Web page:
Of course, the family should begin each meal with prayer – the Name of Allah (God) should always be invoked preceding a meal. The prayer is typically led by the head of the household. Televisions should be turned off and cell phones should not be at the dinner table. Cell phones were not an issue when The Most Honorable Elijah Muhammad was among us; but he did dismiss a believer from the dinner table who fell asleep. He said, “If you are talking to someone, and they don’t seem to be receptive to what you are trying to teach, it limits your will and desire to try to teach.” In that same vein, if our children are sharing a word at the dinner table, they should have our undivided attention and vice versa – no one wants to be ignored – no one wants to be second to a text message, social media post or television program. Dinnertime is family time!
In addition, do not be rushed at the dinner table. Taking our time does not only allow for great table talks, it is also good for our health. As a society, we regularly see limits set on meal times – i.e. thirty-minute school lunches and short lunch breaks at work. The Most Honorable Elijah Muhammad wrote, “If we expect to live from what we eat, we must be sure that what we eat is masticated so perfectly well, until the stomach juices (which have no teeth), with its hot acid can digest the food without too much work. THE AMERICAN EATERS, I believe, when it comes to a human being, are the fastest of all on the earth in eating their food…A man should chew his food (as many doctors teach us and agree with what is said here), until it slips away into the throat, before swallowing.”
There are many other advantages to dining together as a family. According to TheFamilyDinnerProject.org, there are physical, mental and emotional benefits to families regularly eating meals together; they include: “Better academic performance, higher self-esteem, greater sense of resilience, lower risk of substance abuse, lower risk of teen pregnancy, lower risk of depression, lower likelihood of developing eating disorders, and lower rates of obesity.”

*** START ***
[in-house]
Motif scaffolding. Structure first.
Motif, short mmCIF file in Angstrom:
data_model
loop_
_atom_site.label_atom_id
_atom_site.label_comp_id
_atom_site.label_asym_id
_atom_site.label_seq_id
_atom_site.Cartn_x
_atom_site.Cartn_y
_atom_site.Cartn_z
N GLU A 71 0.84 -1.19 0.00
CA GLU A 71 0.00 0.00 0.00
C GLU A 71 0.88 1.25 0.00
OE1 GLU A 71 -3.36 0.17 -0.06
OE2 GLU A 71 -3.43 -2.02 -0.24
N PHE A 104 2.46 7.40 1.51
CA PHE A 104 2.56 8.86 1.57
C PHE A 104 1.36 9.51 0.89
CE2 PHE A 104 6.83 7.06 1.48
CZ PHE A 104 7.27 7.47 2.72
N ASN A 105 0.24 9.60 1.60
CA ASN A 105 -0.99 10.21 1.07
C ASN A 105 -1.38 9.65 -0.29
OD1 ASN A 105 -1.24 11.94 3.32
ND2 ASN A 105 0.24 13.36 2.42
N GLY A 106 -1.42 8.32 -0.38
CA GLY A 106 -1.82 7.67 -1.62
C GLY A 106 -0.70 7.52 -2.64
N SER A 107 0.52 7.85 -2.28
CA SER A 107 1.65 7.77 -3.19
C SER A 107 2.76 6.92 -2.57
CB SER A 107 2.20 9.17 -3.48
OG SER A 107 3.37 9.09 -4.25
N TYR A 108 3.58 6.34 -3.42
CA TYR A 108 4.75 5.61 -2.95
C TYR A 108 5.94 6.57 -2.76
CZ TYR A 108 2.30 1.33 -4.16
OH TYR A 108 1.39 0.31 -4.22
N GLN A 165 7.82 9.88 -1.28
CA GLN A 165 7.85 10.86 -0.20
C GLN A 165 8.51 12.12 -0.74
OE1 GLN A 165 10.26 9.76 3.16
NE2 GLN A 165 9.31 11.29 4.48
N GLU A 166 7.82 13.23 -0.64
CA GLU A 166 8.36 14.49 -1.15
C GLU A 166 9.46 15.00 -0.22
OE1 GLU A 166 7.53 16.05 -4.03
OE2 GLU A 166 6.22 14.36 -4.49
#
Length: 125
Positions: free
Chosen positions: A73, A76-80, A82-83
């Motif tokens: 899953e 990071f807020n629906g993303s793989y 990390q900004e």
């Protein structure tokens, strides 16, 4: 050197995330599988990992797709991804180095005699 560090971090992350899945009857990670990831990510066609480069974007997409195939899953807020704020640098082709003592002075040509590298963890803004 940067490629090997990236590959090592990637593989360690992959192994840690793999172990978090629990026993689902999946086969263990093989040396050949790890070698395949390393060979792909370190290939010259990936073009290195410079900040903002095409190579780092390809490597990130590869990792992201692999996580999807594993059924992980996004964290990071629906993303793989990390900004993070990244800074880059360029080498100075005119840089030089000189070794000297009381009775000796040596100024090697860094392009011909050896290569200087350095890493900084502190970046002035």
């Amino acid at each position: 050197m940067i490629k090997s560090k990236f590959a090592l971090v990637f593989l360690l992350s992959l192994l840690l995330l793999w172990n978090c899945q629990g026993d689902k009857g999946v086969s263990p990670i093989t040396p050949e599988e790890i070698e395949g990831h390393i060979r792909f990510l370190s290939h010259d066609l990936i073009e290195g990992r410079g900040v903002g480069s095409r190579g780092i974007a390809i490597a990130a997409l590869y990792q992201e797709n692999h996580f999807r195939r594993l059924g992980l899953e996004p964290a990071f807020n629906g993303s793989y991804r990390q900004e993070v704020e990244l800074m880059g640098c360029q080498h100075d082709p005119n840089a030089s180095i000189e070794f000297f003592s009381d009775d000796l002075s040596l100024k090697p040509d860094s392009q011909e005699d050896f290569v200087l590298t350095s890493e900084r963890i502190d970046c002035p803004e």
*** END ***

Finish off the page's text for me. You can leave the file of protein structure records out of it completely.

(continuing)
Keep in mind that our children are more likely to look forward to family dinnertime and be receptive to sharing if we keep the conversations light. Good, positive discussions lead to proper thoughts, which aid the digestive process. Both the Most Honorable Elijah Muhammad and The Honorable Minister Louis Farrakhan are masters at teaching deeply profound lessons by injecting a little levity. We close with this reflection from The Honorable Minister Louis Farrakhan when asked by Brother Jabril Muhammad to tell about the sense of humor of The Most Honorable Elijah Muhammad for those who didn’t get a chance to see him or hear him or sit at his table. The Minister said:
“The Honorable Elijah Muhammad lived the majority of his life with a very heavy weight on his head. His heart was with the “weighty word” and the Mission that Allah (God) had given him. Those were great blessings, at his dinner table, where we were involved in discussions and in hearing him expound on the Wisdom of Allah (God), as found in the Bible and Holy Qur’an and methods of going after our people, to bring them into the light of a knowledge that had been kept from them. Our discussions with him at his table were of a serious nature. So, it was most refreshing to sit at his table sometimes and hear him tell a humorous anecdote and laugh. When he laughed his cheeks became so rosy. For me it was a joy to see him laugh and sometimes he would laugh until tears welled up in his eyes. His sense of humor was unique because one would not think a man of his station, of his tremendous wisdom, would even take the time to be humorous. But even in his humor he was always teaching lessons.”
(Sister Fudia Muhammad is a member of Muhammad Mosque No. 64 in Austin, Texas. She is married to Student Minister Robert L. Muhammad and they have been blessed with four children. Sister Fudia holds a Master’s degree in Education – she is a writer, an educator and an advocate for God-centered child-rearing.)